Yuan-Backed Sovereign Bonds Seen As Major Step In Building Market For Yuan As A Global Currency
The Shanghai Daily reports today that the Hong Kong SAR government is set to debut a new class of bonds denominated in the Chinese RMB, a move seen as a significant milestone in China’s ambitious plan to make its yuan a more global currency. While articles about the yuan’s potential status as a major currency have multiplied in the last year, particularly following People’s Bank of China director Zhou Xiaochuan’s call earlier this year for the US dollar to be replaced as the world’s de facto reserve currency, less-publicized moves such as China’s currency swap agreements with several countries, and an expansion in the issuance of yuan bonds from commercial banks, have largely flown under the media radar.
With the announcement of these new yuan-denominated bonds, it is clear that China hopes to make Hong Kong even more of an international financial hub. Although the territory has, for decades, been a major financial power in the region, with its more relaxed political and financial system, Hong Kong looks to be one of the most accessible areas for China to experiment with some of its more long-term financial projects. With the strong linkage between Hong Kong and Shanghai — sometimes playfully referred to as “Shangkong” — if this program is successful it may mean more fluid and regular investment in yuan bonds by foreign investors as well as a simultaneous boost to the yuan’s reputation abroad.
Peng Wensheng, head of China research at Barclays Capital, said that while the amount is not large, it is a significant development in the internationalization of the yuan and for the development of the Hong Kong bond market.
“The issue broke new ground in an effort to promote the domestic currency as an international currency,” Peng said yesterday.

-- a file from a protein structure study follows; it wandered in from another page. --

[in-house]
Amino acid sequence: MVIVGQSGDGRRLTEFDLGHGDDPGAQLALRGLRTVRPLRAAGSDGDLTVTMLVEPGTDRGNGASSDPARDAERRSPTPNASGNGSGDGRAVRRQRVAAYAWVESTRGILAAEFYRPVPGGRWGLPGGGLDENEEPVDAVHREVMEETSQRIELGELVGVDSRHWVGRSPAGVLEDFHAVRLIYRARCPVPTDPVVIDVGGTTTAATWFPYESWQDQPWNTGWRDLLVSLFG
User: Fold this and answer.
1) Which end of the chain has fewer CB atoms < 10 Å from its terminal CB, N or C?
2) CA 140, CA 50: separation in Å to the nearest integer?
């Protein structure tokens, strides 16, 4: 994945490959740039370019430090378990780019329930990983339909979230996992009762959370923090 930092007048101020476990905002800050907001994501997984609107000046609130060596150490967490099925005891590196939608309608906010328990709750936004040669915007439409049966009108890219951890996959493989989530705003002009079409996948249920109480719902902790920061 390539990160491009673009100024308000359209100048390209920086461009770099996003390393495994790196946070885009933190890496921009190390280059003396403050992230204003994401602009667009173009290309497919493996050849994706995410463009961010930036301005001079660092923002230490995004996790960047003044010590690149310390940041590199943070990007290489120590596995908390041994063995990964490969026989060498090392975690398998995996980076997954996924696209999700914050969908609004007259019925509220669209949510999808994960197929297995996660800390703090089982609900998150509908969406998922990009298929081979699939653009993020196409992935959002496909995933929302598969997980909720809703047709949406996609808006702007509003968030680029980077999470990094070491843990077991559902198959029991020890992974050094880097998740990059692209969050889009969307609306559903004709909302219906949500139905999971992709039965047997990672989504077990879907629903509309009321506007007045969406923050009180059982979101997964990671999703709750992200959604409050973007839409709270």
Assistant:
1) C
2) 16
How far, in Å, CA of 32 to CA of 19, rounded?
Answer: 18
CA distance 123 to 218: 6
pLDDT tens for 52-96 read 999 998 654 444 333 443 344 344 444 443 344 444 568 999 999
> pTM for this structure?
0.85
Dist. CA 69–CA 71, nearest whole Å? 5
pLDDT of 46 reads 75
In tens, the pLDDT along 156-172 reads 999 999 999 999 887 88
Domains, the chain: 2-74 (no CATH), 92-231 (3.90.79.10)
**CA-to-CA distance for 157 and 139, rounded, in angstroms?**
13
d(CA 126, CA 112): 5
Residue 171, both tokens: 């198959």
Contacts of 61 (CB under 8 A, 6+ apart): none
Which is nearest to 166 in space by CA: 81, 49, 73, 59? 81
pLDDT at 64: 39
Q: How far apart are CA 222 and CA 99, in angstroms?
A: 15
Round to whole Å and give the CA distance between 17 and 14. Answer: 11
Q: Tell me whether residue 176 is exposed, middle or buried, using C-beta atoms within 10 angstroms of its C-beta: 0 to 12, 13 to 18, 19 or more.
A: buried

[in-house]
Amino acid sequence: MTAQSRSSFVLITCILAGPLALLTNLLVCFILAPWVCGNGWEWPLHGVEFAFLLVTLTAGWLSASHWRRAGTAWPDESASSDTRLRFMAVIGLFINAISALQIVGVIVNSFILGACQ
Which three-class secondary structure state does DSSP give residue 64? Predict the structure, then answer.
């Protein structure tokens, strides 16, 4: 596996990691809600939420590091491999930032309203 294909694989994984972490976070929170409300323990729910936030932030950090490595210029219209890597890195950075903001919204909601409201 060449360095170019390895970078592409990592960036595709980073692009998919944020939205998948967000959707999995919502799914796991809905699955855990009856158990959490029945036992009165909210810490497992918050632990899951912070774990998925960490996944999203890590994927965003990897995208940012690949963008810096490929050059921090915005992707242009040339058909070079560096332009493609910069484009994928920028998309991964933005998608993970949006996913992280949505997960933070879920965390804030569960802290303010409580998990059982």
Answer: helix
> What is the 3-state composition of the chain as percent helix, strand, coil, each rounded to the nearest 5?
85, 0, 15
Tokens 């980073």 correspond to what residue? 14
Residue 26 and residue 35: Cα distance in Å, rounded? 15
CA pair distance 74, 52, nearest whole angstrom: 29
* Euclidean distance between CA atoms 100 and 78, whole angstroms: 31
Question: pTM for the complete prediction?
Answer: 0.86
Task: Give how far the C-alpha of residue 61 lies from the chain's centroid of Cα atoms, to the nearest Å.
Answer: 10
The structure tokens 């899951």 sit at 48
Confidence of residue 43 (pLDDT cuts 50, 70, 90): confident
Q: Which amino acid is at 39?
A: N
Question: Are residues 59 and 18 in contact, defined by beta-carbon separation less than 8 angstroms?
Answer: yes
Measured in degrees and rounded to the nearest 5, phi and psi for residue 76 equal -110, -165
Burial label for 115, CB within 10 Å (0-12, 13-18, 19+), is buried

China is pushing for a stronger role for the yuan in the global arena to match its rising economic power.Bigger field
Financial authorities also expanded the issuance of yuan bonds from commercial banks this year after a cautious start years ago.
Earlier this month, China agreed to use the yuan to buy up to US$50 billion worth of the International Monetary Fund’s first bond issue. The IMF will lend the Chinese currency to its member countries in a step that will help promote the yuan as a future reserve currency.
Hong Kong is considered a key platform from which China will launch a raft of new deals aiding the globalization of the domestic currency.
The People’s Bank of China earlier signed six currency swap agreements worth 650 billion yuan with the special administrative region and Indonesia, South Korea, Malaysia, Belarus and Argentina. Since July, China has started cross-border trade yuan settlement between Hong Kong and five Chinese mainland cities, including Shanghai.
China allowed domestically incorporated subsidiaries of foreign banks to issue yuan bonds in Hong Kong this year, expanding the field from the big state-owned banks.
“These developments suggest the authorities see the benefits as outweighing any potential concerns, and more issuers from the mainland are likely to come to the Hong Kong market,” Peng said.